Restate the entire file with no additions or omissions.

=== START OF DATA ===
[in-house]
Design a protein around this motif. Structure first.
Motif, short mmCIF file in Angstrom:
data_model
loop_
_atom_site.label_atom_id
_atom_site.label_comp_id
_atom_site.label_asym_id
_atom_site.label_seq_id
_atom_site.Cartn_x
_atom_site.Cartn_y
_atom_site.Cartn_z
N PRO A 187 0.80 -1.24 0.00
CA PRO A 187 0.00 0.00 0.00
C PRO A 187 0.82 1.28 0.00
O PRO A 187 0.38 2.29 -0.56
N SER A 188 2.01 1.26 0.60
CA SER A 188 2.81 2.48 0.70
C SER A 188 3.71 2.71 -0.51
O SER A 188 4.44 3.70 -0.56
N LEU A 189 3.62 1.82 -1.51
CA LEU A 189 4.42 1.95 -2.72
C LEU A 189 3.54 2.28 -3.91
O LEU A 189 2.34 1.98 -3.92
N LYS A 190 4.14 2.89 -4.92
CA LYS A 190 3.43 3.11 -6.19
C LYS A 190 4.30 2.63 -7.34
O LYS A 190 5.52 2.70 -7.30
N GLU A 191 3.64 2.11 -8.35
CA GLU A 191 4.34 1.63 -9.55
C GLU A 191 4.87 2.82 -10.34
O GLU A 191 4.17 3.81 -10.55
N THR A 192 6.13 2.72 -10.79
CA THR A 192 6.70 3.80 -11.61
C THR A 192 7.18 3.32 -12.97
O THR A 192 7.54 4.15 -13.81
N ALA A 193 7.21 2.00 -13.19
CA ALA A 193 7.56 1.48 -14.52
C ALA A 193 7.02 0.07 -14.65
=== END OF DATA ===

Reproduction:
[in-house]
Design a protein around this motif. Structure first.
Motif, short mmCIF file in Angstrom:
data_model
loop_
_atom_site.label_atom_id
_atom_site.label_comp_id
_atom_site.label_asym_id
_atom_site.label_seq_id
_atom_site.Cartn_x
_atom_site.Cartn_y
_atom_site.Cartn_z
N PRO A 187 0.80 -1.24 0.00
CA PRO A 187 0.00 0.00 0.00
C PRO A 187 0.82 1.28 0.00
O PRO A 187 0.38 2.29 -0.56
N SER A 188 2.01 1.26 0.60
CA SER A 188 2.81 2.48 0.70
C SER A 188 3.71 2.71 -0.51
O SER A 188 4.44 3.70 -0.56
N LEU A 189 3.62 1.82 -1.51
CA LEU A 189 4.42 1.95 -2.72
C LEU A 189 3.54 2.28 -3.91
O LEU A 189 2.34 1.98 -3.92
N LYS A 190 4.14 2.89 -4.92
CA LYS A 190 3.43 3.11 -6.19
C LYS A 190 4.30 2.63 -7.34
O LYS A 190 5.52 2.70 -7.30
N GLU A 191 3.64 2.11 -8.35
CA GLU A 191 4.34 1.63 -9.55
C GLU A 191 4.87 2.82 -10.34
O GLU A 191 4.17 3.81 -10.55
N THR A 192 6.13 2.72 -10.79
CA THR A 192 6.70 3.80 -11.61
C THR A 192 7.18 3.32 -12.97
O THR A 192 7.54 4.15 -13.81
N ALA A 193 7.21 2.00 -13.19
CA ALA A 193 7.56 1.48 -14.52
C ALA A 193 7.02 0.07 -14.65